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- Value of Health IT
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Search Tags: J.J. Green
Are we looking at a new Cold War in the Arctic? Russian President Vladimir Putin as he launched the construction of Russia's latest generation of submarines vowed to boost nuclear naval forces to safeguard the country's position as a leading sea power and he warned that the Navy will protect Russia's interests in the oil-rich Arctic. Putin also sent a message to the U.S. directly saying they're aiming for naval nuclear parity.
Vibrant Response 13, a major field exercise conducted by U.S. Northern Command and led by Army North got underway late last week. It tested the fictitious detonation of a 10-kiloton nuclear device in a major Midwestern city. It's a national catastrophic incident exercise designed to test more than 9,000 service members and civilians in 11 training locations and airfields spread across 5,000 square miles in southern Indiana and northern Kentucky.
Last month, the Supreme Court struck down a law that made it a crime to lie about receiving the Medal of Honor and other military decorations. So in response, Defense Secretary Leon Panetta says a new Pentagon website will list the names of those Americans who have earned the Medal of Honor since the Sept. 11 terrorist attacks. He made the announcement Wednesday at a House hearing. The justices ruled that the Stolen Valor Act of 2006 infringed upon free speech.
Civilian employees in the Defense Department could receive notices of potential layoffs four days before the election if automatic military cuts aren't averted. The Associated Press reports, "Congress would be notified in mid-September and employees told of the possibility of job losses 60 days before the cuts. The Defense Department has about 800,000 civilian employees, heavily concentrated in the presidential battleground state of Virginia."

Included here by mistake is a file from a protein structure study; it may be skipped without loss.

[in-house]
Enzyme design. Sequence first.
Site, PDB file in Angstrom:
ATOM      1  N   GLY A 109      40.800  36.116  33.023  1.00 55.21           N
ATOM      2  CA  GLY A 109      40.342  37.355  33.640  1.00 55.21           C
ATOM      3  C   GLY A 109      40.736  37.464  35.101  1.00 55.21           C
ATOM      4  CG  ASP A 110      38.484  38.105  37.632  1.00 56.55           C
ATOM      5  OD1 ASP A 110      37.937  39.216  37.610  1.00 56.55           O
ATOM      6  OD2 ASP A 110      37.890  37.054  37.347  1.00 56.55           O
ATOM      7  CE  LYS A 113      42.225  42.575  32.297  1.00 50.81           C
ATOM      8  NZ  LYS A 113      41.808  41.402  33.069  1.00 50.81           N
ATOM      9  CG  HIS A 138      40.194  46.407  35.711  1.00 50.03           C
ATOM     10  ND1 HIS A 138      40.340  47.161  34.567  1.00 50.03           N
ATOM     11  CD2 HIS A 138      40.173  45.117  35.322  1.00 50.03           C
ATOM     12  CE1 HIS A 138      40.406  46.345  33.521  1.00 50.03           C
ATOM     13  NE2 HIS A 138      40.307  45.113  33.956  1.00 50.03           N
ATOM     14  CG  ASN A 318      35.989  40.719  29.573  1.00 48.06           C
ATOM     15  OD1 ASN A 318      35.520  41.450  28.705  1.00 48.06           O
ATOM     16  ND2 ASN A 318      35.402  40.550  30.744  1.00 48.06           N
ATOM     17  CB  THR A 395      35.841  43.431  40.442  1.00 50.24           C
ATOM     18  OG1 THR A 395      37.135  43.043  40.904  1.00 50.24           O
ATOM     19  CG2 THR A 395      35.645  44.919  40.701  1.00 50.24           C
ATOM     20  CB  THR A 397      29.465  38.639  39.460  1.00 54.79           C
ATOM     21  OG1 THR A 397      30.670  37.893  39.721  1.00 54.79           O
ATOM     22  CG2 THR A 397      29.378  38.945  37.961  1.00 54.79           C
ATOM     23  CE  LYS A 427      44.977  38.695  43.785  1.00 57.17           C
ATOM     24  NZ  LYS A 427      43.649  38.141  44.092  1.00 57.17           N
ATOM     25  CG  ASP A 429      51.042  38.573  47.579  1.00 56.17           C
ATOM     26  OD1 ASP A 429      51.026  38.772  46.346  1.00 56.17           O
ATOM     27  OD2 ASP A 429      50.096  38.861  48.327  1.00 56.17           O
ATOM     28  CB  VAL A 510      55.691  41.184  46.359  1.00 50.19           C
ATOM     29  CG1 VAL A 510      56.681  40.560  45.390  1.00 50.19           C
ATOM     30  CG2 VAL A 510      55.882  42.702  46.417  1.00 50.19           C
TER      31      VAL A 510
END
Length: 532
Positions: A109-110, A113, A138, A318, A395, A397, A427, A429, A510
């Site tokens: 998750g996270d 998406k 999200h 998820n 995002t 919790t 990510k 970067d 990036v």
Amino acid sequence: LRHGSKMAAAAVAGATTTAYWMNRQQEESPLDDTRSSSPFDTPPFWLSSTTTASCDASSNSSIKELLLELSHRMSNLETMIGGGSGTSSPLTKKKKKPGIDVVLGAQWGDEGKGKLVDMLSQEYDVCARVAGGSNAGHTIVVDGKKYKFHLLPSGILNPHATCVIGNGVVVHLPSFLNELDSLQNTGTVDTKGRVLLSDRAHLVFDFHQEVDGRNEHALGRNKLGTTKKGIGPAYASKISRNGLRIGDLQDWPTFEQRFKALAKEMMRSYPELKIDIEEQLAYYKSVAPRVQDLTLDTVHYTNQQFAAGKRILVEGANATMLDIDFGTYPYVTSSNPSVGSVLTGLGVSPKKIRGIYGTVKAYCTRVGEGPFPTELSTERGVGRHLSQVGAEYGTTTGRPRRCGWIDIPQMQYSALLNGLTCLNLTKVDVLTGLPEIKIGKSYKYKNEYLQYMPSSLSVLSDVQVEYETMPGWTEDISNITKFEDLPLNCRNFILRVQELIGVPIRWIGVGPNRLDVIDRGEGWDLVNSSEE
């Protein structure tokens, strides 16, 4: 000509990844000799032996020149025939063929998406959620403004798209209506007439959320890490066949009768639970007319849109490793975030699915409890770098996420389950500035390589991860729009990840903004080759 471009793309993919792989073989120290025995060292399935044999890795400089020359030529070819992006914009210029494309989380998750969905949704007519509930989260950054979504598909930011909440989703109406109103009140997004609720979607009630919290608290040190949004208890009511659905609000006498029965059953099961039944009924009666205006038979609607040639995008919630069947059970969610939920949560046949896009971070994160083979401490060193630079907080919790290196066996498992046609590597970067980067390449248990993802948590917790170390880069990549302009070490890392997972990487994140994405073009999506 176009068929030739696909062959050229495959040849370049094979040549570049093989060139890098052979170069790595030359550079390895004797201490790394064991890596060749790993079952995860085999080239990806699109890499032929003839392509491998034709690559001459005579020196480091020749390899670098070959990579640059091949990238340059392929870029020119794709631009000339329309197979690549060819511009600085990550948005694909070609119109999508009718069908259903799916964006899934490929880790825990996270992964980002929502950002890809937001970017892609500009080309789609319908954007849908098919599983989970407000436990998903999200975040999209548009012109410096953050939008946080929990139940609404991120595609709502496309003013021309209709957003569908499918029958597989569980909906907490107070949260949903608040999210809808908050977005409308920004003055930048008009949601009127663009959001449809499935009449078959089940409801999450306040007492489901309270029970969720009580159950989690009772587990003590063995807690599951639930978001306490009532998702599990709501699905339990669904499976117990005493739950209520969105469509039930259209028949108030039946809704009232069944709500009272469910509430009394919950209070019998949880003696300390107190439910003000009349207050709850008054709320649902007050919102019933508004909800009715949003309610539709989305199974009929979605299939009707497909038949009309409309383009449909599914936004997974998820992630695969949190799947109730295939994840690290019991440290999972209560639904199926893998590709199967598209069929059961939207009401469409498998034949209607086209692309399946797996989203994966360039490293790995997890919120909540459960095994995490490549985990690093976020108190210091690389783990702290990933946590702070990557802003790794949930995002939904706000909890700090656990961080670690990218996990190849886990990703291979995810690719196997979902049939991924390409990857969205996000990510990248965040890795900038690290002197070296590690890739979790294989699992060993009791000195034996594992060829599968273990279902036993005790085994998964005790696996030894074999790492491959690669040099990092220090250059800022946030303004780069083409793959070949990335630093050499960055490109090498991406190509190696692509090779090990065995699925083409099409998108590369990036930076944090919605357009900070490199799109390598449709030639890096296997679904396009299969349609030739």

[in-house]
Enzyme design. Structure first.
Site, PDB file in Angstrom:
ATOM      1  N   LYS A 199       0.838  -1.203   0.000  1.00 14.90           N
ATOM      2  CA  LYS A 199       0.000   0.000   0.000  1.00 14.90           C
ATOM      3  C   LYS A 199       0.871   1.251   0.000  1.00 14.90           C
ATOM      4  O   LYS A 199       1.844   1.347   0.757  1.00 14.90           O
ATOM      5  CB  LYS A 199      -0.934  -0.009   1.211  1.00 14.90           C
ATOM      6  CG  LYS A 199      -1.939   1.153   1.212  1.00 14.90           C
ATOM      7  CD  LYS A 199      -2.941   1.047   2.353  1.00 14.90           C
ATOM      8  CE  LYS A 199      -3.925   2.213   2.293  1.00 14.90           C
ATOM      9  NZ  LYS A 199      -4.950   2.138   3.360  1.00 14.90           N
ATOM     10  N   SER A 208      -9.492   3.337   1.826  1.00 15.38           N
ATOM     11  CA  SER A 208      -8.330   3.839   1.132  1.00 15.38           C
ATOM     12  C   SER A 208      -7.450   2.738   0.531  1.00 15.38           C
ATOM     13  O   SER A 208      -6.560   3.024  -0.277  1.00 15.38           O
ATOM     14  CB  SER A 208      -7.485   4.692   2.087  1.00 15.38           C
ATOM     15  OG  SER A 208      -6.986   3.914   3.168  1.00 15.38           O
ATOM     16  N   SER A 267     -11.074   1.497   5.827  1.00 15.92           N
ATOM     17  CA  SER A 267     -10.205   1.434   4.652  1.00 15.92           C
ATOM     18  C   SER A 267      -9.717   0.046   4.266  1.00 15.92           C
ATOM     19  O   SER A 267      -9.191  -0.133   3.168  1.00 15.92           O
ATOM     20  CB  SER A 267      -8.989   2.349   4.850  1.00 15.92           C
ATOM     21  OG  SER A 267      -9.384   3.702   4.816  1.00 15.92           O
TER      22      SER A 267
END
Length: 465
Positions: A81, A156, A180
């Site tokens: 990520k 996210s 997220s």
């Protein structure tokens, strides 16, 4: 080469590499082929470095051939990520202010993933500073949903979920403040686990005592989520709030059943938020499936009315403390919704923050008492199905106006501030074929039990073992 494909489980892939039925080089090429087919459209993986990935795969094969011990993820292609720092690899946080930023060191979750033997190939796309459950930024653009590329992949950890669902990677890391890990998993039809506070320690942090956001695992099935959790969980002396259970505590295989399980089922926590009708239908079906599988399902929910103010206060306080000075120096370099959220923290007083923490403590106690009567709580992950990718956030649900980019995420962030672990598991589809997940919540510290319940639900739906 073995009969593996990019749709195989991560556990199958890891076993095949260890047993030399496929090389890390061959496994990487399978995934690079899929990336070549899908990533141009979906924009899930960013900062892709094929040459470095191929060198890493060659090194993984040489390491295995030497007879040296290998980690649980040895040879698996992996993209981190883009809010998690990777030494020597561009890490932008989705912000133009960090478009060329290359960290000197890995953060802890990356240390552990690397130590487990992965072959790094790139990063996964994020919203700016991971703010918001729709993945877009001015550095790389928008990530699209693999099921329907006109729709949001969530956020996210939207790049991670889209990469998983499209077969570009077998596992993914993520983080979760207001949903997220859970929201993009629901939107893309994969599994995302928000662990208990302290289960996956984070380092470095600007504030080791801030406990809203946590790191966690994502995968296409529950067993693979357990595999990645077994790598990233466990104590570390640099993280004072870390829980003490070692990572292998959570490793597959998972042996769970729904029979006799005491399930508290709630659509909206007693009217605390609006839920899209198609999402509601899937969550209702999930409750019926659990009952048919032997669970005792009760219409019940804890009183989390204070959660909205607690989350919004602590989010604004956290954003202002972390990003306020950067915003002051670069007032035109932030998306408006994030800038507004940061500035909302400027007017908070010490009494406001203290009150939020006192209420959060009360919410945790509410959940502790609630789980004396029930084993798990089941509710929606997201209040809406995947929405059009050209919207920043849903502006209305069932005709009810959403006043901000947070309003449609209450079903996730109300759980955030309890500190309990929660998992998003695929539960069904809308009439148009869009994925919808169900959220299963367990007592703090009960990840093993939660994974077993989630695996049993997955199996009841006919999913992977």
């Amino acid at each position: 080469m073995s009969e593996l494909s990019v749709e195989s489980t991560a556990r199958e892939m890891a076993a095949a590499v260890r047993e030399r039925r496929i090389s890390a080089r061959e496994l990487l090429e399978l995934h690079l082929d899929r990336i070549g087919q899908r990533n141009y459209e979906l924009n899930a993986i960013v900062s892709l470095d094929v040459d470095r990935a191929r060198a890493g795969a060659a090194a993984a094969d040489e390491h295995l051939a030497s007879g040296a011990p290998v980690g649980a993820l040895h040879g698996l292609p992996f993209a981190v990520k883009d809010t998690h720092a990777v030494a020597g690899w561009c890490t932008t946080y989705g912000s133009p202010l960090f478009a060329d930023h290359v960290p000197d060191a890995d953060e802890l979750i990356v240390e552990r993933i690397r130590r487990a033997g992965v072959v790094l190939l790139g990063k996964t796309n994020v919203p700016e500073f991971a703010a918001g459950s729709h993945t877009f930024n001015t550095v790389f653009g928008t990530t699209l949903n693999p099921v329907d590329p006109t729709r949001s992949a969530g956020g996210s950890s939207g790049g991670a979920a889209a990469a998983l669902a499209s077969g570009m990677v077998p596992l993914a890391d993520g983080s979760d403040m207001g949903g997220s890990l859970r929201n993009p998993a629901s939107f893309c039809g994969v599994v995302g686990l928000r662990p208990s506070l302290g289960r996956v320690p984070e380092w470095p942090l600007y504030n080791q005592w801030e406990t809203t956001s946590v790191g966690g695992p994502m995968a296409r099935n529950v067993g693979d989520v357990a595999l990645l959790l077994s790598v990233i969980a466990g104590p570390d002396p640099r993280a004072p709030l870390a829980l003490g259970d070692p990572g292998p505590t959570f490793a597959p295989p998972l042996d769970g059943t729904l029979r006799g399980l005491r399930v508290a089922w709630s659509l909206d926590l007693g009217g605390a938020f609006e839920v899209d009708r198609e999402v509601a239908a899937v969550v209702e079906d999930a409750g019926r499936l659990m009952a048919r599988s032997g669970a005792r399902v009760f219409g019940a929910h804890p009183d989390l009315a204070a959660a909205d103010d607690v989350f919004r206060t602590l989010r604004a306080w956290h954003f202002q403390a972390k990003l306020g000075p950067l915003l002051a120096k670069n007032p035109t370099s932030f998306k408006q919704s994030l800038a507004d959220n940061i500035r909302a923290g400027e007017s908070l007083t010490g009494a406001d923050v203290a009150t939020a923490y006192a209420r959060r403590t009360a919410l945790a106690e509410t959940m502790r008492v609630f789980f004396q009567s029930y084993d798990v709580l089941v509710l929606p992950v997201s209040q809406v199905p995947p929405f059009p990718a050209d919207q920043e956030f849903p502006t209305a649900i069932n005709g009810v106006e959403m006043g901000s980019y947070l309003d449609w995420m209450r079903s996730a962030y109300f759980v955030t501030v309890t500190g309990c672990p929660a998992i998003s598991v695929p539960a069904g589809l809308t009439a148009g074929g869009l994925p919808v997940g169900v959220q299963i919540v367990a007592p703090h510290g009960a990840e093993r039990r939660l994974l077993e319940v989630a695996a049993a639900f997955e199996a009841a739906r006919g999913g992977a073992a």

The Air Force has concluded that insufficient oxygen supply caused some F-22 fighter pilots to get dizzy and disoriented when flying it. Pentagon spokesman George Little said an Air Force analysis had concluded that symptoms of oxygen deprivation among some pilots of the F-22, were caused by problems with the oxygen supply delivered to pilots, not oxygen contamination. Restrictions placed on F-22 flights would gradually be lifted.
Several U.S. Osprey military transport aircraft were slated to arrive in Japan today despite opposition from residents over safety issues following two recent crashes. 12 of the tilt-rotor aircraft will be assembled at a Marine base in Iwakuni in western Japan before being deployed to the southern island of Okinawa for use by U.S. forces there. Last month, a U.S. Air Force Osprey crashed in Florida, injuring all five airmen aboard. Another crash in Morocco in April left two Marines dead.
United States and Pakistan intelligence officials are resetting high-level counterterrorism duscussions later this month. Pakistan's spy chief set to visit Washington. The talks and the relationship broke down over a deadly border incident last year. Among the issues to be discussed --CIA drone strikes. Pakistani officials want to replace the CIA drones with Pakistani F-16 strikes, and eventually its own armed drone fleet - something U.S. officials are not keen on.
U.S. Navy gunners aboard a refueling ship opened fire on a small boat racing toward them in broad daylight Monday near the Gulf city of Dubai, killing one person and injuring three. The Associated Press reports, "the rare shooting not far from approaches to the Strait of Hormuz comes at a period of heightened tensions between the United States and nearby Iran."
A federal judge sentenced an Uzbek man living illegally in the United States to nearly 16 years in prison on Friday on terrorism and weapons charges stemming from his plot to kill President Barack Obama. Reuters reports, Ulugbek Kodirov, who arrived in the United States in 2009 to attend medical school but never enrolled, had plotted to shoot Obama while the President campaigned for re-election this year, according to federal authorities in Alabama.
Lawyers for an ex-Marine from Virginia facing 25 years in prison for firing shots at the Pentagon, the Marine Corps museum in Quantico and other targets in 2010 now say their client is mentally ill. According to the Associated Press, the Associated Press is reporting Yonathan Melaku (meh-LAH-koo) of Alexandria pleaded guilty earlier this year to a series of overnight shootings at various military buildings in northern Virginia. No one was injured. In the plea deal, he agreed to a 25-year sentence. In court papers filed Wednesday in federal court in Alexandria, Melaku's new lawyers ask for a court-ordered mental examination.